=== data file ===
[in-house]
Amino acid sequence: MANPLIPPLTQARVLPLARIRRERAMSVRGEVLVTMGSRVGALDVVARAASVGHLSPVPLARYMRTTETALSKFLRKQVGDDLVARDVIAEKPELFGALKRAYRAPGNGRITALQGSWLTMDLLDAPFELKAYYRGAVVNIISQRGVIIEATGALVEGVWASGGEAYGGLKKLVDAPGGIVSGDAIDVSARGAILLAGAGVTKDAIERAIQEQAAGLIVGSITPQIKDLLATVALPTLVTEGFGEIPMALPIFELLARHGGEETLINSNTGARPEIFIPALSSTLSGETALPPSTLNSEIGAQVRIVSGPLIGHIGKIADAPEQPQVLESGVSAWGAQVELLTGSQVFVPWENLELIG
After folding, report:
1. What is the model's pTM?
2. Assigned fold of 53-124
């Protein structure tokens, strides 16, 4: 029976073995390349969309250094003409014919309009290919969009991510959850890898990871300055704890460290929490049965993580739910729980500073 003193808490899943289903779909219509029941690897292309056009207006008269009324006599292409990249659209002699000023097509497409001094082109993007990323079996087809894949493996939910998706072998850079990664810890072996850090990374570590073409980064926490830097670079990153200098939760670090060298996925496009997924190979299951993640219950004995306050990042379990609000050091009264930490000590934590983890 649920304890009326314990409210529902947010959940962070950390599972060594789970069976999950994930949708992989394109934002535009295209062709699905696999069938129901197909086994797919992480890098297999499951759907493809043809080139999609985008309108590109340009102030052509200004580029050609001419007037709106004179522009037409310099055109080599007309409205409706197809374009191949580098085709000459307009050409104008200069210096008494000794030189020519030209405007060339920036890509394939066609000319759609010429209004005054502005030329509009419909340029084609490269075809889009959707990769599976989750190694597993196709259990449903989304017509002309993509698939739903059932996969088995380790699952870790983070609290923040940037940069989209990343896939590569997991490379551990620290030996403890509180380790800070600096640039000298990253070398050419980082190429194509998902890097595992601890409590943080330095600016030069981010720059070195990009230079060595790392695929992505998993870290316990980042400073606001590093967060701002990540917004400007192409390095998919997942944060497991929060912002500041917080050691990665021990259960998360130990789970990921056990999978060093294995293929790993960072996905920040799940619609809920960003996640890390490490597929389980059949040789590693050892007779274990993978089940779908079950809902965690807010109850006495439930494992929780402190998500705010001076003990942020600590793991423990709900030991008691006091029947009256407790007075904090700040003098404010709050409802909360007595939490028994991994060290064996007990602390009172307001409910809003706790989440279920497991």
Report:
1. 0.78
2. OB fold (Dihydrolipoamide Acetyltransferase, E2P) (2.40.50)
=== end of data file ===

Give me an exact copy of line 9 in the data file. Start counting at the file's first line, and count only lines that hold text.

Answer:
2. OB fold (Dihydrolipoamide Acetyltransferase, E2P) (2.40.50)